!http://nfpa.typepad.com/.a/6a00d8351b9f3453ef01a3fc347d9e970b-800wi|border=0|src=http://nfpa.typepad.com/.a/6a00d8351b9f3453ef01a3fc347d9e970b-800wi|alt=CARBON MONOXIDE ALARM|style=margin: 0px 5px 5px 0px;|title=CARBON MONOXIDE ALARM|class=asset asset-image at-xid-6a00d8351b9f3453ef01a3fc347d9e970b img-responsive!In Austin, Texas, Sunday morning, EMS workers rescued six people with carbon monoxide (CO) poisoning. Initial reports stated that five people were suffering and one was unconscious. They were all hospitalized for treatment. According to NFPA’s “Non-Fire Carbon Monoxide Incidents” report, U.S. fire departments responded to an estimated 80,100 non-fire CO incidents in 2010 in which CO was found, or an average of nine calls per hour.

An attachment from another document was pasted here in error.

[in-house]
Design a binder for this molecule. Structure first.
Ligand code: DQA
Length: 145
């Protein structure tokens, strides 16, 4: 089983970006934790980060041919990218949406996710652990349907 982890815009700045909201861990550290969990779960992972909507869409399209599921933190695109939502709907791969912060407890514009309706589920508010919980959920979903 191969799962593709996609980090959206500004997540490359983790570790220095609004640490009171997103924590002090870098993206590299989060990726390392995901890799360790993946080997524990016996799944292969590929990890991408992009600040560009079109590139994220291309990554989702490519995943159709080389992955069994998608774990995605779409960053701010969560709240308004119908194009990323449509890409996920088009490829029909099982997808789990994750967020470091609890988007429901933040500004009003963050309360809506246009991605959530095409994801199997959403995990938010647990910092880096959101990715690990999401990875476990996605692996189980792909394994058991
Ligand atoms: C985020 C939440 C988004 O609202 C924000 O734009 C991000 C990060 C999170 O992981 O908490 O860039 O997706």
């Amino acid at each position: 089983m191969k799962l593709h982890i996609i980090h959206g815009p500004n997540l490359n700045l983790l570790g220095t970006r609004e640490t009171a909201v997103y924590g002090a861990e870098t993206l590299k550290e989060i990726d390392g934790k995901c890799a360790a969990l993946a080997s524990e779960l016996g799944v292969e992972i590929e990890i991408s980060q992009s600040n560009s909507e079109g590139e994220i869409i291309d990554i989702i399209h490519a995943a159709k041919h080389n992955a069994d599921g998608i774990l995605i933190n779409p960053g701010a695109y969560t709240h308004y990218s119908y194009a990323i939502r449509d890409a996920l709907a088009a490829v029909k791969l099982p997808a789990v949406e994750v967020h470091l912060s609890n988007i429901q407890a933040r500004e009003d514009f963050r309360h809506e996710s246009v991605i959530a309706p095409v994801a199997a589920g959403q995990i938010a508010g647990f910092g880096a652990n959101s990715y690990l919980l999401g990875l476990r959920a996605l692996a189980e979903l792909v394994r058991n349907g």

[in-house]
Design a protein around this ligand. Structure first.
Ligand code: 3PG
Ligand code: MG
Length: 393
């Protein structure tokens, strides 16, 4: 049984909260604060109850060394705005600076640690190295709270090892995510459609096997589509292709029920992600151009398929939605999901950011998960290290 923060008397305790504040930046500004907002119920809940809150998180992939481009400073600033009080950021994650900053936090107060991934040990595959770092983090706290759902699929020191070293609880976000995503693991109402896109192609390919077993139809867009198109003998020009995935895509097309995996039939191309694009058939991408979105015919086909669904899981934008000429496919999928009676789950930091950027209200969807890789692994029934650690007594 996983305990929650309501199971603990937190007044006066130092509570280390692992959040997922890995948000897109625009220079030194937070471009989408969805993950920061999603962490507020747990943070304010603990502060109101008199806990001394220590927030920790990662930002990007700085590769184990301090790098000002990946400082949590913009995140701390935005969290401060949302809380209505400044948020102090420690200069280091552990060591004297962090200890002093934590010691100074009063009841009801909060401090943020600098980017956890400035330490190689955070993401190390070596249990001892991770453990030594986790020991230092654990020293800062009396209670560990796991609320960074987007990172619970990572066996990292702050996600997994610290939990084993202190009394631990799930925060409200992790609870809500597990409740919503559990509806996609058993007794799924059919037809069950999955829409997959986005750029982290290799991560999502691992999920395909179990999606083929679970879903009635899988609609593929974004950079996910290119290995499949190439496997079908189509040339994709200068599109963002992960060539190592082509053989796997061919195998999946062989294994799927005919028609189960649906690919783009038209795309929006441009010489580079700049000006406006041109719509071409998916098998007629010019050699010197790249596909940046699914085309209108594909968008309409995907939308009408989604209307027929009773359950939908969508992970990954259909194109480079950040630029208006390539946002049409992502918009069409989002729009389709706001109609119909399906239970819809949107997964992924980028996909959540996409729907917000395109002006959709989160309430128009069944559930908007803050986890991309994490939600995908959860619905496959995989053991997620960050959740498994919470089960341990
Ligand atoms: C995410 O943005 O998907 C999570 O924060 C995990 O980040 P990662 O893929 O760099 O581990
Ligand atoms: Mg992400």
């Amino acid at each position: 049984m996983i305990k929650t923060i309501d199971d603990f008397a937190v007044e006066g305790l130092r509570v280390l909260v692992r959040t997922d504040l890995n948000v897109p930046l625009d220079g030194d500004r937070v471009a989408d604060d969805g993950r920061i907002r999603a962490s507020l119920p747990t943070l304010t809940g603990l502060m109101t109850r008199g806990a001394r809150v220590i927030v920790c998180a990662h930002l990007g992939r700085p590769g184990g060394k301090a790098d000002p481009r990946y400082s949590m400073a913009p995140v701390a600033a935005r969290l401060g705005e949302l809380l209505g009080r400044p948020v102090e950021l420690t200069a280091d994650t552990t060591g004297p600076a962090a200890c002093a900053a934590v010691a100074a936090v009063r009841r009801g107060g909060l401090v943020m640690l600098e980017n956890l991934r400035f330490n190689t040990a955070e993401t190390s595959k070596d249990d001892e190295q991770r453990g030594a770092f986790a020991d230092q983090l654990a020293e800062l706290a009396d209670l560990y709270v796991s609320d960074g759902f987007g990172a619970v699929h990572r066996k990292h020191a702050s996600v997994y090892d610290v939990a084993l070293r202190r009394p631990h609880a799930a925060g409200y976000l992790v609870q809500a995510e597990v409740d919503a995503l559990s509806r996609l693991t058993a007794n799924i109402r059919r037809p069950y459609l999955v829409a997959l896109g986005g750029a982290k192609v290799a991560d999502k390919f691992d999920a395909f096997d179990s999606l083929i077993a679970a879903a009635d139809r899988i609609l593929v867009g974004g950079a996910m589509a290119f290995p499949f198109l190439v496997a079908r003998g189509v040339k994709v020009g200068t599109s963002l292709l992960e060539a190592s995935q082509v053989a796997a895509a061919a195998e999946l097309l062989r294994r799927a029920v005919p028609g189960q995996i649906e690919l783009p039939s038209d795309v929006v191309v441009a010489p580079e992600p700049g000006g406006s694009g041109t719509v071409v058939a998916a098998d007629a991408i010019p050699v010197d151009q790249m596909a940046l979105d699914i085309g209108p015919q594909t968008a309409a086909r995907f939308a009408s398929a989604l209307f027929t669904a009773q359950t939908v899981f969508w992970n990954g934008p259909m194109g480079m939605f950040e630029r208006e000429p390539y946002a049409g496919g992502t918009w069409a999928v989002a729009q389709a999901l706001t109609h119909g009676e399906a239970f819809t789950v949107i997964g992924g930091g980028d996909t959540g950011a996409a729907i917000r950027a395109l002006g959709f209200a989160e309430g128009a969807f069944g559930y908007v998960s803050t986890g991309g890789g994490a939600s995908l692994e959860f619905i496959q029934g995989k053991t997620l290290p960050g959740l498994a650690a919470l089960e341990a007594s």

Carbon monoxide poisoning can happen any time, but according to NFPA’s Non-Fire Carbon Monoxide Incidents Fact Sheet, occurrences are more common between the months of November and February. As part of their "Put a Freeze on Winter Fires" campaign to promote fire safety during the winter, NFPA and the United States Fire Administration encourage the public to be aware of the dangers of this invisible, odorless, and colorless gas.
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